The sample included 215,000 adults who reported one or more ethnicities, height, weight, and other characteristics through a mailed survey. … The highest age-adjusted prevalence of overweight (BMI greater than or equal to 25) was in Hawaiian/Latino men (88% ; n = 41) and black/Latina women (74.5% ; n = 79), and highest obesity (BMI greater than or equal to 30) rates were in Hawaiian/Latino men (53.7% ; n = 41) and Hawaiian women (39.2% , n = 1,247). The prevalence estimates for most admixed groups were similar to or higher than the average of the prevalences for the ethnic groups with whom they shared common ethnicities. For instance, the prevalence of overweight/obesity in five ethnic admixtures–Asian/white, Hawaiian/white, Hawaiian/Asian, Latina/white, and Hawaiian/Asian/white ethnic admixtures–was significantly higher (P < 0.0001) than the average of the prevalence estimates for their component ethnic groups. … The identification of individuals who have a high-risk ethnic admixture is important not only to the personal health and well-being of such individuals, but could also be important to future efforts in order to control the epidemic of obesity in the United States.
Although Razib considers some interesting genetic explanations, my own hunch is that cultural factors are the more important variable here. As Michael Pollan points out, one of the central problems with American eating habits is the absence of an indigenous food culture. Instead of relying on time-tested habits – modern Tuscans are still enjoying their 18th century peasant diet, full of legumes, durum wheat pasta and bitter greens – we’ve switched over to a diet based on Nabisco’s bottom line and horribly misguided agricultural subsidies, which encourage farmers to grow high-fructose corn syrup. This shiny new diet, wrapped in the impressive vocabulary of nutrionism, has erased all the culinary wisdom accrued over the centuries:
In many cases, long familiarity between foods and their eaters leads to elaborate systems of communications up and down the food chain, so that a creature’s senses come to recognize foods as suitable by taste and smell and color, and our bodies learn what to do with these foods after they pass the test of the senses, producing in anticipation the chemicals necessary to break them down. Health depends on knowing how to read these biological signals: this smells spoiled; this looks ripe; that’s one good-looking cow. This is easier to do when a creature has long experience of a food, and much harder when a food has been designed expressly to deceive its senses — with artificial flavors, say, or synthetic sweeteners.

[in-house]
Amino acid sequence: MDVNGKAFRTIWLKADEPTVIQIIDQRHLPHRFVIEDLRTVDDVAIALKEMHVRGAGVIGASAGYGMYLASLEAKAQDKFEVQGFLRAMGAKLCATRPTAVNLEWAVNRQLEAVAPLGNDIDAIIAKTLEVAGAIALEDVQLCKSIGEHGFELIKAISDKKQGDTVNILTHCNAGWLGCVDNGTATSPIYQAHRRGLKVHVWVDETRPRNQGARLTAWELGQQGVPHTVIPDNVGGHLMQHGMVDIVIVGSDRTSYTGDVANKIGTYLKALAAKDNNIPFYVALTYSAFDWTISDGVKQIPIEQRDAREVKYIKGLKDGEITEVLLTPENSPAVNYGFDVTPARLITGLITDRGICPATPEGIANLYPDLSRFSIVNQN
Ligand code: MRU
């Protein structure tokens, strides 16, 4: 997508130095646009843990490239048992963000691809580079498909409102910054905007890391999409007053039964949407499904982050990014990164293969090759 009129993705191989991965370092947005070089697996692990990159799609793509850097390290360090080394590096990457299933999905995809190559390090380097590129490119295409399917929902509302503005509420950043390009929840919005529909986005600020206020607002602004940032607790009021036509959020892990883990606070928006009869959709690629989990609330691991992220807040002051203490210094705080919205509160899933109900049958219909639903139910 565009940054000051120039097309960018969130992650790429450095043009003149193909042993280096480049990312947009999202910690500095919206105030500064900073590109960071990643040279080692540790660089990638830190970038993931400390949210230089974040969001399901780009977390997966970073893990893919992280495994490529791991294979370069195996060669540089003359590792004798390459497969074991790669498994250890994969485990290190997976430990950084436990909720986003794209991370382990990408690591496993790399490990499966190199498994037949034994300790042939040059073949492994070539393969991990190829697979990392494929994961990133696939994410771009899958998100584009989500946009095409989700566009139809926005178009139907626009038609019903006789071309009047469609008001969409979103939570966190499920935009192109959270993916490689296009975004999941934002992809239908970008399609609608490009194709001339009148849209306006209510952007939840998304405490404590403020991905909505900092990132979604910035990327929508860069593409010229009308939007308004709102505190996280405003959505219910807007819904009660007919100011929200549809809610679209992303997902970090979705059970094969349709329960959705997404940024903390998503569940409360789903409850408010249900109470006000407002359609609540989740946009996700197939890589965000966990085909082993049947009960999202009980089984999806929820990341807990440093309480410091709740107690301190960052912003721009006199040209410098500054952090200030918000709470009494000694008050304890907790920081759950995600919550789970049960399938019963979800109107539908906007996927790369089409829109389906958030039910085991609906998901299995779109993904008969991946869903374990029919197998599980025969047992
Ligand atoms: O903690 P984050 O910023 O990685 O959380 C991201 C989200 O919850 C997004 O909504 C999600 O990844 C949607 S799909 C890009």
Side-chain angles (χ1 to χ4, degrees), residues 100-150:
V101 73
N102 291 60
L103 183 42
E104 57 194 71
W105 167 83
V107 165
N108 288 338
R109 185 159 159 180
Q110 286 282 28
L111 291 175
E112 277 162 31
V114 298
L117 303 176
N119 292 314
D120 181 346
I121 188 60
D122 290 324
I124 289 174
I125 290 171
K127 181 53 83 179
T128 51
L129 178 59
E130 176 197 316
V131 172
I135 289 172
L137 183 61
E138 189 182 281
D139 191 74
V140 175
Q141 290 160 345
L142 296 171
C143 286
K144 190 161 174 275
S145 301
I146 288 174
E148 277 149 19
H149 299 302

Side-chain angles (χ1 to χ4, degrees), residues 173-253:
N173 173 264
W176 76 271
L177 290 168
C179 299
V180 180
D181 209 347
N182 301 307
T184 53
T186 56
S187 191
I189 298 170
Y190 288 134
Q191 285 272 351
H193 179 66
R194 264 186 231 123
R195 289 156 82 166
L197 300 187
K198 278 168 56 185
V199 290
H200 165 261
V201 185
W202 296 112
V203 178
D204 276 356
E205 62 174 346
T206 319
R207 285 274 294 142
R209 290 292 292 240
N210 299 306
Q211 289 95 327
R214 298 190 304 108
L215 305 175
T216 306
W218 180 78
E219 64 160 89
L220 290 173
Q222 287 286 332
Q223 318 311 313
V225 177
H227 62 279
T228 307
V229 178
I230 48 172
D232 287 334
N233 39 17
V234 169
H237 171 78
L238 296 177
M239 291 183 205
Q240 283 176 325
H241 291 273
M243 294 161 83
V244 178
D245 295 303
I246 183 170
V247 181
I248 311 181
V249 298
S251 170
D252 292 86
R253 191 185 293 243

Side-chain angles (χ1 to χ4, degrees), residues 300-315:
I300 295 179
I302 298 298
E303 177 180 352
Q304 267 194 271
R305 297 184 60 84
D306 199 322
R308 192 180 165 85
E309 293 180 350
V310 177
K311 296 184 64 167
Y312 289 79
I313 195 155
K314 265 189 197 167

Note that these ecological relationships are between eaters and whole foods, not nutrients. Even though the foods in question eventually get broken down in our bodies into simple nutrients, as corn is reduced to simple sugars, the qualities of the whole food are not unimportant — they govern such things as the speed at which the sugars will be released and absorbed, which we’re coming to see as critical to insulin metabolism. Put another way, our bodies have a longstanding and sustainable relationship to corn that we do not have to high-fructose corn syrup. Such a relationship with corn syrup might develop someday (as people evolve superhuman insulin systems to cope with regular floods of fructose and glucose), but for now the relationship leads to ill health because our bodies don’t know how to handle these biological novelties. In much the same way, human bodies that can cope with chewing coca leaves — a longstanding relationship between native people and the coca plant in South America — cannot cope with cocaine or crack, even though the same ”active ingredients” are present in all three. Reductionism as a way of understanding food or drugs may be harmless, even necessary, but reductionism in practice can lead to problems.
Ok, back to this paper on mixed-race adults and obesity. I wonder (and this is pure hypothesis) if one of the driving factors behind the data is the absence of food culture. The best way to illustrate the point is to describe my own experience. My father was raised on a steady diet of Jewish-American foods, from pickled herring to brisket. If left to his own devices, he would eat nothing but pastrami on rye with a smearing of spicy mustard. My mother, on the other hand, was raised on a Pennsylvania-Dutch diet, full of agrarian dishes like mincemeat pie and pickled red-beet eggs. Her uncles were all corn farmers.
So what food culture did I inherit? A smattering of everything. I like most deli foods – gefilte fish remains a hurdle to overcome – and I’ve learned how to pickle my own red-beets. I always have lox in the fridge and one of my favorite recipes is for sweet-corn chicken soup. (Thanks, Grandma!) But the point is that my food culture is all a la carte – I pick and choose what I like and leave the rest. My eating habits are thoroughly post-modern, severed from any ethnic or cultural tradition. While that culinary freedom certainly comes with advantages – my pantry is stuffed with everything from dried sweet corn to sichuan pepper – I’ve also missed out on some evolved wisdom. A genuine food culture, after all, isn’t merely a collection of recipes – it’s a way of life.
So I wonder if part of the explanation for the link between mixed-race adults and obesity is that, like me, these people are less likely to inherit a set of culturally specific food traditions. Razib notes that this lack of food culture might also lead to a diet that doesn’t mesh well with genetics:
Different populations have different propensities toward different food stuffs; e.g., consider the amylase and lactase examples. Perhaps mixed-race children because of their bicultural background are exposed to a hodge-podge of dietary regimes which aren’t optimal to their genetic makeup, which are relatively recent and so might not have a ready made cuisine?